Upping the stakes with frack analysis
The use of analytics in unconventional resource exploration
By: Keith Holdaway, Principal Oil and Gas Solution Architect, SAS
The Beverly Hillbillies sitcom on American TV in the 1960s brought viewers a novel lesson about oil and gas exploration and production: You could be out "shootin' at some food and up through the ground" could come some "bubblin' crude. Oil, that is. Black gold. Texas tea."1
Fast forward 50 years: People may still be out "shootin' at some food" somewhere, but they aren't too likely to bust open a gusher with a wayward shot. The easy oil deposits that sit in reservoirs under pressure, waiting to be tapped, are mostly known. The rigs are in place, doing their work, pumping oil.
A quick look at "matrix" and "fracture" acidizing will demonstrate the process. Once a well is drilled, both techniques send chemically laced water downhole into geological formations to help interconnect the rock pores for increased permeability. The hydrocarbons then drain to the wellbore and are pumped to the surface, where they are separated. Matrix acidizing is a low-pressure technique that leaves the reservoir rock intact, while fracture acidizing pressurizes the chemical and physically breaks the rock apart to increase hydrocarbon flows.2 In common parlance, this process is known as hydraulic fracturing or "fracking."
On the supply side, many Eastern and Western European countries are discovering their own unconventional fields and using them to break their dependence on energy from Russia.5 And new unconventional fields seem to be discovered nearly every day in North and South America, either in new formations or in wells previously thought near the end of their usable reserves.6 Because of these dynamics, fracking will likely continue to gain momentum worldwide, if only it can reduce its inherent wildcatting factor and gain greater public confidence.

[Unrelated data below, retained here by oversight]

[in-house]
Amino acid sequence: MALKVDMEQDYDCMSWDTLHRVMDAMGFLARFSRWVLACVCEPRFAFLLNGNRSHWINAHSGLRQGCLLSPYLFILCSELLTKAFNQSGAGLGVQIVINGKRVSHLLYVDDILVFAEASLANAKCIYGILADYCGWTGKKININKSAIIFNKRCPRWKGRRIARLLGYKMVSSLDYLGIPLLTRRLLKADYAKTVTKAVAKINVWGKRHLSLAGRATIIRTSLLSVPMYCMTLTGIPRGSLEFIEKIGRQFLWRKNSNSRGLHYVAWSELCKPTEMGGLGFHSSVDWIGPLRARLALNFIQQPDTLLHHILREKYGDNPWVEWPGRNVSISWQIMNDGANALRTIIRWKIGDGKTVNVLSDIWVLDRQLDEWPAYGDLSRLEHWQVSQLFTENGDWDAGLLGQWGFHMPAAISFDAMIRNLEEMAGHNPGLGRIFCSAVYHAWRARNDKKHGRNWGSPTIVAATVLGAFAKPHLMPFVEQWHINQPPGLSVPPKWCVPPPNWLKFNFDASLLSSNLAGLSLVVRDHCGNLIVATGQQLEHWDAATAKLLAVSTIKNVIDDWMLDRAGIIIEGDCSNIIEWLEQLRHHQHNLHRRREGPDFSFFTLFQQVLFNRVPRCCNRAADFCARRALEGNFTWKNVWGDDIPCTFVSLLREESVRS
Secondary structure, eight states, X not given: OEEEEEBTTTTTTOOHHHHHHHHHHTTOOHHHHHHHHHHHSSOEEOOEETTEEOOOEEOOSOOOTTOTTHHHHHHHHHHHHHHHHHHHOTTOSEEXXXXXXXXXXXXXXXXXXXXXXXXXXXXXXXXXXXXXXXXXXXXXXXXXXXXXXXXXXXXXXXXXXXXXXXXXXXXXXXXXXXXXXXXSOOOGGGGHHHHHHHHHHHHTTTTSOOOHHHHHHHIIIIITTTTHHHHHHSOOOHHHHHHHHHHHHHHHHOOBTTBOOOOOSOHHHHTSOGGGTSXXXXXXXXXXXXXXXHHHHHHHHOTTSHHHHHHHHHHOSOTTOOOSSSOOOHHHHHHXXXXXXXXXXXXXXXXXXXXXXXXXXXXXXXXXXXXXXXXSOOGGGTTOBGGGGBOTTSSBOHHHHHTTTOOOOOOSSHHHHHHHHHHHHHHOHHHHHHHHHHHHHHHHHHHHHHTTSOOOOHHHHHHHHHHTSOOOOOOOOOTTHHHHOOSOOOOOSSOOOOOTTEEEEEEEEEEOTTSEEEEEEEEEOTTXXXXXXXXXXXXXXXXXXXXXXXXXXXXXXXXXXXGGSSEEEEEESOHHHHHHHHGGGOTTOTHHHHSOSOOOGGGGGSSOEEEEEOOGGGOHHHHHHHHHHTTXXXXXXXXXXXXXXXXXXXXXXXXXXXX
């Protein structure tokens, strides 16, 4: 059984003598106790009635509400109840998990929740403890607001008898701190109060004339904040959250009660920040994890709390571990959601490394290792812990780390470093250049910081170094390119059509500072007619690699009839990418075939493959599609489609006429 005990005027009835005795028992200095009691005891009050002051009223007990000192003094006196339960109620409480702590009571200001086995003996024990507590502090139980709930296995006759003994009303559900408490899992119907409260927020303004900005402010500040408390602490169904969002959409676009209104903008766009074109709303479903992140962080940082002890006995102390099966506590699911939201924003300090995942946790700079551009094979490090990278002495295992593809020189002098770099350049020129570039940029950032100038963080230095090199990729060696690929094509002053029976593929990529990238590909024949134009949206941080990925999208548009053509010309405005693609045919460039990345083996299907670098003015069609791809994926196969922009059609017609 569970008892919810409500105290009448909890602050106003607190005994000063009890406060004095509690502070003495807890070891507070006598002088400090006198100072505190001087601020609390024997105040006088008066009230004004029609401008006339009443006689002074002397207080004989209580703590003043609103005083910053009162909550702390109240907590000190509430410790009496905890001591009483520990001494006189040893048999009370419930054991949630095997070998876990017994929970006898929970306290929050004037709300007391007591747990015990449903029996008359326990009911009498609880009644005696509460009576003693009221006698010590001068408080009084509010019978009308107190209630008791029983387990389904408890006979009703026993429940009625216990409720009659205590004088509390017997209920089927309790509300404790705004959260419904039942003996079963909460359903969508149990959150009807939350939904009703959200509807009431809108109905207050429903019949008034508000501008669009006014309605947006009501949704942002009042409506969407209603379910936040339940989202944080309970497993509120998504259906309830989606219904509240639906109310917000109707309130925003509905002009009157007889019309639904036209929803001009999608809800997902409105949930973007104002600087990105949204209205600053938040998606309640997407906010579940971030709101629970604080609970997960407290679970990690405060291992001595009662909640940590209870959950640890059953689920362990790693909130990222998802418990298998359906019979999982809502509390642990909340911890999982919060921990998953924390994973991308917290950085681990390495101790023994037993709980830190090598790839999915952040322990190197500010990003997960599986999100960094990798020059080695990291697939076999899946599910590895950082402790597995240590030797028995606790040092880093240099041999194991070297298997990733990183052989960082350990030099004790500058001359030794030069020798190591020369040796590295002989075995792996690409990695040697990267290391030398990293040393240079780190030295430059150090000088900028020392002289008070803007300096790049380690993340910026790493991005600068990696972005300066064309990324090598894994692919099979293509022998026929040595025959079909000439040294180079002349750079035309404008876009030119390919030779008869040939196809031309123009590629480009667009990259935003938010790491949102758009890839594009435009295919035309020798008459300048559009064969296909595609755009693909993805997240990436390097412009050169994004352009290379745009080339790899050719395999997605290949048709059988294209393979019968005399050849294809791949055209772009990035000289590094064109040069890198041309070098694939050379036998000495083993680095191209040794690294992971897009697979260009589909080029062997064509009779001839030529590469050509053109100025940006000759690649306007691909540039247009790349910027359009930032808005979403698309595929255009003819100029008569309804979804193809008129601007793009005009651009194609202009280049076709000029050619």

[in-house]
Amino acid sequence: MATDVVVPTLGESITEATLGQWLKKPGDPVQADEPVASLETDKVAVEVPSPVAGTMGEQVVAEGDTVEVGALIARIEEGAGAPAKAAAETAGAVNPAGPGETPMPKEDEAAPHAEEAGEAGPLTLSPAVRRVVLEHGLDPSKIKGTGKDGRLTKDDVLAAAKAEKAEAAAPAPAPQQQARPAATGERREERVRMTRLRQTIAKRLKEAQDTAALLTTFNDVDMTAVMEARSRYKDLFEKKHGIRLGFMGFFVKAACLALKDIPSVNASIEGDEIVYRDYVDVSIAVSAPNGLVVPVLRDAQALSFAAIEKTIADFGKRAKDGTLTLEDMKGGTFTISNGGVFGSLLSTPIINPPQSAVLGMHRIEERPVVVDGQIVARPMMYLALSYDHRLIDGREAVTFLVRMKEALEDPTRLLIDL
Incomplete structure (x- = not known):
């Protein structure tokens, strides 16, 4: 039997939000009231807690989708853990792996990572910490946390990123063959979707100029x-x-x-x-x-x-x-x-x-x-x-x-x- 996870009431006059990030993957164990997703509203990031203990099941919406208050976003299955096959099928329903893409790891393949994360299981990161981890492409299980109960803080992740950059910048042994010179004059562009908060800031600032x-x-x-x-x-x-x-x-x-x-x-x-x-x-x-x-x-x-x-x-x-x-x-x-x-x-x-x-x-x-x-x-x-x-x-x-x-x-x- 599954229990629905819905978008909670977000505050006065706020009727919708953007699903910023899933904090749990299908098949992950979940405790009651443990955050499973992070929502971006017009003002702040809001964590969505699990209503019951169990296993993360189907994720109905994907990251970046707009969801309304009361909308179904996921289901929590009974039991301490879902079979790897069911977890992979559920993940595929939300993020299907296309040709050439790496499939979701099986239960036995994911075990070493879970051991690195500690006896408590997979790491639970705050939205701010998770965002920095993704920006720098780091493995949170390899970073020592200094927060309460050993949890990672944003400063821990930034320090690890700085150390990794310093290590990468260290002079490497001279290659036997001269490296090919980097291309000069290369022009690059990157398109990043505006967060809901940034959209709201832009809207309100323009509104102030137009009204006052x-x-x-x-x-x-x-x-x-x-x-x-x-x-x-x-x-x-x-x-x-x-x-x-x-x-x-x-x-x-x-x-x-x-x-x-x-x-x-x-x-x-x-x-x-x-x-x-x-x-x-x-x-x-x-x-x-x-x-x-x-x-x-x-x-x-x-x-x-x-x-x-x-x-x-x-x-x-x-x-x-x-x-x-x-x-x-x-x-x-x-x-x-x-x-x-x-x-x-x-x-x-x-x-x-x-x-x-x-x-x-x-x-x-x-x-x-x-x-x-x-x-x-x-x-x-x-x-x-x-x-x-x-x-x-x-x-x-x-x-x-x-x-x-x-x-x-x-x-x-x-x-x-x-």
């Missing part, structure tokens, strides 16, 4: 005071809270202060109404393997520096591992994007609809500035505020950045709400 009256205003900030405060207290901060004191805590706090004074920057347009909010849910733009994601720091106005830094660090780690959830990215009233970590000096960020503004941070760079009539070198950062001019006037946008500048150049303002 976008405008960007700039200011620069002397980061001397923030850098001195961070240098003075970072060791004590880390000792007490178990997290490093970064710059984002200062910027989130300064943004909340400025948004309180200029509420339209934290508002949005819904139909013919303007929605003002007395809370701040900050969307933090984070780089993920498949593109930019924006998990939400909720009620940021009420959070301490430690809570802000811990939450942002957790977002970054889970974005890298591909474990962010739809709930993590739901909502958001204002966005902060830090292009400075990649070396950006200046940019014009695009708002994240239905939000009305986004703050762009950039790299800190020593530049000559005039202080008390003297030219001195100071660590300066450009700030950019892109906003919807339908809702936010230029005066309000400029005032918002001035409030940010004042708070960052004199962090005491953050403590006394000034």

Data is the new black gold
After finding the oil, the wizards work to determine the best chemical, heating and pressurizing processes that allow the oil to be released and pumped to the surface.
But as you can imagine, these data streams are incredibly complex and nuanced. Making sense of them can help stimulate the reservoir and recover the considerable expense involved in fracking. Failure to do so might be like throwing money down the hole. The challenge requires the use of logical workflows and processes available in analytics-based exploration and production methodologies7 like modeling, simulating and predicting well productivity through integrated exploratory, predictive and forecasting capabilities.
Used together, these advanced analytical capabilities can extract hidden predictive information, identify drivers and leading indicators of efficient well production, determine the best intervals for stimulation, and recommend optimum stimulation processes and frequencies. These capabilities work together to decrease the uncertainties about what is beneath the surface, matching high-tech drilling processes to the subterranean landscapes, and otherwise shifting the E&P mindset to that of a manufacturer's model.
It's a process that works, and increasingly seems to be the wave of the future, wingtips and all.